67 And Zacarie, his fadir, was fulfillid with the Hooli Goost, and prophesiede,

68 and seide, Blessid be the Lord God of Israel, for he hath visitid, and maad redempcioun of his puple.

69 And he hath rerid to vs an horn of heelthe in the hous of Dauid, his child.

70 As he spak bi the mouth of hise hooli prophetis, that weren fro the world.

71 Helthe fro oure enemyes, and fro the hoond of alle men that hatiden vs.

72 To do merci with oure fadris, and to haue mynde of his hooli testament.

73 The greet ooth that he swoor to Abraham, oure fadir, to yyue hym silf to vs.

74 That we with out drede delyuered fro the hoond of oure enemyes,

75 serue to hym, in hoolynesse and riytwisnesse bifor hym in alle oure daies.

76 And thou, child, schalt be clepid the prophete of the Hiyest; for thou schalt go bifor the face of the Lord, to make redi hise weies.

77 To yyue scyence of helthe to his puple, in to remyssioun of her synnes;

78 bi the inwardnesse of the merci of oure God, in the whiche he spryngynge vp fro an hiy hath visitid vs.

79 To yyue liyt to hem that sitten in derknessis and in schadewe of deeth; to dresse oure feet in to the weie of pees.

80 And the child wexide, and was coumfortid in spirit, and was in desert placis `til to the dai of his schewing to Israel.

CAP 2

1 And it was don in tho daies, a maundement wente out fro the emperour August, that al the world schulde be discryued.

2 This firste discryuyng was maad of Cyryn, iustice of Sirie.

3 And alle men wenten to make professioun, ech in to his owne citee.

4 And Joseph wente vp fro Galilee, fro the citee Nazareth, in to Judee, in to a citee of Dauid, that is clepid Bethleem, for that he was of the hous and of the meyne of Dauid,

5 that he schulde knouleche with Marie, his wijf, that was weddid to hym, and was greet with child.

6 And it was don, while thei weren there, the daies weren fulfillid, that sche schulde bere child.

7 And sche bare hir first borun sone, and wlappide hym in clothis, and leide hym in a cratche, for ther was no place to hym in no chaumbir.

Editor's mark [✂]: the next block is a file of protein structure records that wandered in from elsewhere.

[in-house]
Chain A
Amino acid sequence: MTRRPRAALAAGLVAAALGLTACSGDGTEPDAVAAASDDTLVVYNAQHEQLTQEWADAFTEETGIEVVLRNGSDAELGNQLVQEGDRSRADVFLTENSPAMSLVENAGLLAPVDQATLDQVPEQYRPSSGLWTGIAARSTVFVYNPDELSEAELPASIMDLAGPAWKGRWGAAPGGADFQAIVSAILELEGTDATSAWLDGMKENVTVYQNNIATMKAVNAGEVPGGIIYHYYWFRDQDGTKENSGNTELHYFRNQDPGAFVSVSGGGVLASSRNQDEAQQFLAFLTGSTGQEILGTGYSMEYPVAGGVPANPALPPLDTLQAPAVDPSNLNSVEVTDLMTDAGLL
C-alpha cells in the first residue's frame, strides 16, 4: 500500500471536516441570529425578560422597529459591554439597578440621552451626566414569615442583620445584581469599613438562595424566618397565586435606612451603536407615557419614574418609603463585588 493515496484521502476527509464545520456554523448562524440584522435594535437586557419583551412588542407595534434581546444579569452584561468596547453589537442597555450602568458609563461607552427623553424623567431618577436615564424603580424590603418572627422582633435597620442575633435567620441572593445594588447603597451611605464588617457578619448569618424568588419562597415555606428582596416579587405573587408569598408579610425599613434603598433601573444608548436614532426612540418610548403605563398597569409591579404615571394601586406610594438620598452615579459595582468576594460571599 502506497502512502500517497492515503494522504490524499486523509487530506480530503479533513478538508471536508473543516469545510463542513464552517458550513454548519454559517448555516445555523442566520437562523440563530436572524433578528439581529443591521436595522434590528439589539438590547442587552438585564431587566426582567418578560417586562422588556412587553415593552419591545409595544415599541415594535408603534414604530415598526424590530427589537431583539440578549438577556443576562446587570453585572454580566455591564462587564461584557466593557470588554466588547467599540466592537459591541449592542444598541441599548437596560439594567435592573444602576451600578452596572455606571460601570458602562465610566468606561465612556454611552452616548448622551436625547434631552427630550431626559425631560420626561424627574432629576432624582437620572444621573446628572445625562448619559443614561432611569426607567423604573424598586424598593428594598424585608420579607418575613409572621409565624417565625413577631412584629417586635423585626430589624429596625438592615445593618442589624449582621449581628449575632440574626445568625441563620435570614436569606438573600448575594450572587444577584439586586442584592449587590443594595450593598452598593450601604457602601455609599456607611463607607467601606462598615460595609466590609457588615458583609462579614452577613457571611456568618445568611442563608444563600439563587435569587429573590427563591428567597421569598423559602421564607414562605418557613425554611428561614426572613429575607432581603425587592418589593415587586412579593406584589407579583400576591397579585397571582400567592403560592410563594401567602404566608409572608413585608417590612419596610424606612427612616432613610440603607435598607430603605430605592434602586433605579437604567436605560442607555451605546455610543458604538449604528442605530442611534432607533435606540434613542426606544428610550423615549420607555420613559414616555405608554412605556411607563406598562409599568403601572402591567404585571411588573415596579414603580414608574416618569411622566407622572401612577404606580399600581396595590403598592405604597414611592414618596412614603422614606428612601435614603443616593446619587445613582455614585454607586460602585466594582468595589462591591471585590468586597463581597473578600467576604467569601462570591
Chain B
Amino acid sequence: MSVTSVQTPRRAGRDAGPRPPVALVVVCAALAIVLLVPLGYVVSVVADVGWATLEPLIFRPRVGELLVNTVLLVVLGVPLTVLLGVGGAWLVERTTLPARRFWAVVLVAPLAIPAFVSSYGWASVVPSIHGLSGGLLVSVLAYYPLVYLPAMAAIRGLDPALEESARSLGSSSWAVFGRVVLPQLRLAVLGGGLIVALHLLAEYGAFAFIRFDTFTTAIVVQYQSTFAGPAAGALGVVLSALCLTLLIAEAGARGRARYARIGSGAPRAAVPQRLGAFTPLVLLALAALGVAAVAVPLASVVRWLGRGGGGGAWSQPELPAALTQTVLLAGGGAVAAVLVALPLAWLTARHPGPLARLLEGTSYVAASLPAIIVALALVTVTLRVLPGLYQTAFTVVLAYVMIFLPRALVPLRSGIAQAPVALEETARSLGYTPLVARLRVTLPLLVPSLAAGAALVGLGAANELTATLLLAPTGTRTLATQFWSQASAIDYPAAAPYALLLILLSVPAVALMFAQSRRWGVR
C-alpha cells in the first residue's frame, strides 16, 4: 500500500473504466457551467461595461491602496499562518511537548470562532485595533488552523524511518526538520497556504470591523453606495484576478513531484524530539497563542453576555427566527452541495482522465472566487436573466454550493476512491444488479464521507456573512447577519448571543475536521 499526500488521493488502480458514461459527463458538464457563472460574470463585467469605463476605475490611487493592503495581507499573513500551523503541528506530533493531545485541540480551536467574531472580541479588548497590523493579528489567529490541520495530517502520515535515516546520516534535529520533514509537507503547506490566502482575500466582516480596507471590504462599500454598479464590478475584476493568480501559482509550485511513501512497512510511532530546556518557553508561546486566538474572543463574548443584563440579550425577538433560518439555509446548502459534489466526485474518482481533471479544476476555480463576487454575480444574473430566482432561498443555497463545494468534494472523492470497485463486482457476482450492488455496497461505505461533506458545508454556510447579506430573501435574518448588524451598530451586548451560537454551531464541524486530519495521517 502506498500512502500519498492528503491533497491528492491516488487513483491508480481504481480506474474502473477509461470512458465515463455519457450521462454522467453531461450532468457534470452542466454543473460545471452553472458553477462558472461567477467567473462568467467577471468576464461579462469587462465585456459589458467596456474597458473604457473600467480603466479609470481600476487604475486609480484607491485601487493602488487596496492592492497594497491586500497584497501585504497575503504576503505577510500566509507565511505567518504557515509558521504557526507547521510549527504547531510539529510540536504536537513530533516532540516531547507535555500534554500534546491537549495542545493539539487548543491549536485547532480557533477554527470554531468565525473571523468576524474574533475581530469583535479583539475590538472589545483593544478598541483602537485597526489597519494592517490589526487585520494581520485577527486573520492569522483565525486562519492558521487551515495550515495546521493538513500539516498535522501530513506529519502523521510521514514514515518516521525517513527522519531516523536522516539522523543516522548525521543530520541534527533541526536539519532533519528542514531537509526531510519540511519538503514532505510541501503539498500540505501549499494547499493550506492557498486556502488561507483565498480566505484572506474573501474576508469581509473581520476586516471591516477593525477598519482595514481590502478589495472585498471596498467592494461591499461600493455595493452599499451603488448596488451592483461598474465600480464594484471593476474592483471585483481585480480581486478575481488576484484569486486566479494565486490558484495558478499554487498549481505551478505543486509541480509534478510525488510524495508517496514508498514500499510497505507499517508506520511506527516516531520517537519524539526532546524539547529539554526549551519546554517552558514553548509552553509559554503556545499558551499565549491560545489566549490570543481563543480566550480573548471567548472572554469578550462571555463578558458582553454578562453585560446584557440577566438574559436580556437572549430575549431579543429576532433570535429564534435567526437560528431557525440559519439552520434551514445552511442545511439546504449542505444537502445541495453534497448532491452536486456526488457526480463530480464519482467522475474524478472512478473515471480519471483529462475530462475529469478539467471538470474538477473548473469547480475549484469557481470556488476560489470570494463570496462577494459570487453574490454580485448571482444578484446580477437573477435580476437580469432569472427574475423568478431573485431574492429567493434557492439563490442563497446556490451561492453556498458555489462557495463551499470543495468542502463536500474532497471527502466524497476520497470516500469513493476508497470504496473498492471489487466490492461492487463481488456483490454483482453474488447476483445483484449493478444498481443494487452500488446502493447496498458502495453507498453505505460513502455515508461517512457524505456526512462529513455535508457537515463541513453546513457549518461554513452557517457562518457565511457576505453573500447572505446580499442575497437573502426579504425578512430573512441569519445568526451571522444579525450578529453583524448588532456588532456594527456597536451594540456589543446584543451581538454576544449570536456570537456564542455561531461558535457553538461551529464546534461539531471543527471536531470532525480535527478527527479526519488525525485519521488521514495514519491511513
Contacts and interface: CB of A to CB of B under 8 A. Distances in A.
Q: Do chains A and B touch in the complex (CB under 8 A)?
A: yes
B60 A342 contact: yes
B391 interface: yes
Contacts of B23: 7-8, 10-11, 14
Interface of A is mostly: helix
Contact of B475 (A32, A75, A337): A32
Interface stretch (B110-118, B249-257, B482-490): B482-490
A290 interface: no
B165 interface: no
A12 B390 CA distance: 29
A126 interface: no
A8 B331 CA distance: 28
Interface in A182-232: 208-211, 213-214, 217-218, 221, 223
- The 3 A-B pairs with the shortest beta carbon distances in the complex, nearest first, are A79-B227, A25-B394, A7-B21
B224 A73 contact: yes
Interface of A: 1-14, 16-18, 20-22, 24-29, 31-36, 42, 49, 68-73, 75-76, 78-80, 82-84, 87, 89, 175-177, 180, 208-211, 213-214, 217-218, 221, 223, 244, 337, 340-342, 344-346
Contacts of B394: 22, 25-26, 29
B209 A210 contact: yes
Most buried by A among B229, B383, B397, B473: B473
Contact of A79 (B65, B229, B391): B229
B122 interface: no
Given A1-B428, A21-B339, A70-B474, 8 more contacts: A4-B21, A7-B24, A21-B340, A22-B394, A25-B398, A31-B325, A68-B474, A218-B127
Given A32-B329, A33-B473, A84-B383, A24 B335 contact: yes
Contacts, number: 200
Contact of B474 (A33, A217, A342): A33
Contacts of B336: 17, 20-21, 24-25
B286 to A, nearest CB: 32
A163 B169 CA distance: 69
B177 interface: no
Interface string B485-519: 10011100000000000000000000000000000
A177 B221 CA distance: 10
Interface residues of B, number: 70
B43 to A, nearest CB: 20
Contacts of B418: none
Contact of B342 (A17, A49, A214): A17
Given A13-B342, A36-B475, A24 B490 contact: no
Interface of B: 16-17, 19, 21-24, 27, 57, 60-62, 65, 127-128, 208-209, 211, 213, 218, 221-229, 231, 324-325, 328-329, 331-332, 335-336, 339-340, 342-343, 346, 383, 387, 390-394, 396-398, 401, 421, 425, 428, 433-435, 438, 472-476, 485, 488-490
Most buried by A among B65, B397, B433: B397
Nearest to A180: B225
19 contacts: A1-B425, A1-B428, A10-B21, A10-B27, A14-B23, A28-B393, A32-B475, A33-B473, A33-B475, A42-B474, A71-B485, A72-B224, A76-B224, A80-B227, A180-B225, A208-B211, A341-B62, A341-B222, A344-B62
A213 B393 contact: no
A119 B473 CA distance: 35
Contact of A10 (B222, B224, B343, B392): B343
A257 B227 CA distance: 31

8 And scheepherdis weren in the same cuntre, wakynge and kepynge the watchis of the nyyt on her flok.

9 And lo! the aungel of the Lord stood bisidis hem, and the cleernesse of God schinede aboute hem; and thei dredden with greet drede.

10 And the aungel seide to hem, Nyle ye drede; for lo! Y preche to you a greet ioye, that schal be to al puple.

11 For a sauyoure is borun to dai to you, that is Crist the Lord, in the citee of Dauid.

12 And this is a tokene to you; ye schulen fynde a yong child wlappid in clothis, and leid in a cratche.

13 And sudenli ther was maad with the aungel a multitude of heuenli knyythod, heriynge God,

14 and seiynge, Glorie be in the hiyeste thingis to God, and in erthe pees be to men of good wille.

15 And it was don, as the `aungelis passiden awei fro hem in to heuene, the scheephirdis spaken togider, and seiden, Go we ouer to Bethleem, and se we this word that is maad, which the Lord hath `maad, and schewide to vs.

16 And thei hiyynge camen, and founden Marie and Joseph, and the yong child leid in a cratche.

17 And thei seynge, knewen of the word that was seid to hem of this child.

18 And alle men that herden wondriden, and of these thingis that weren seid to hem of the scheephirdis.

19 But Marie kepte alle these wordis, berynge togider in hir herte.

20 And the scheepherdis turneden ayen, glorifyinge and heriynge God in alle thingis that thei hadden h
erd and seyn, as it was seid to hem.

21 And aftir that the eiyte daies weren endid, that the child schulde be circumcided, his name was clepid Jhesus, which was clepid of the aungel, bifor that he was conceyued in the wombe.

22 And aftir that the daies of the purgacioun of Marie weren fulfillid, aftir Moyses lawe, thei token hym into Jerusalem, to offre hym to the Lord, as it is writun in the lawe of the Lord,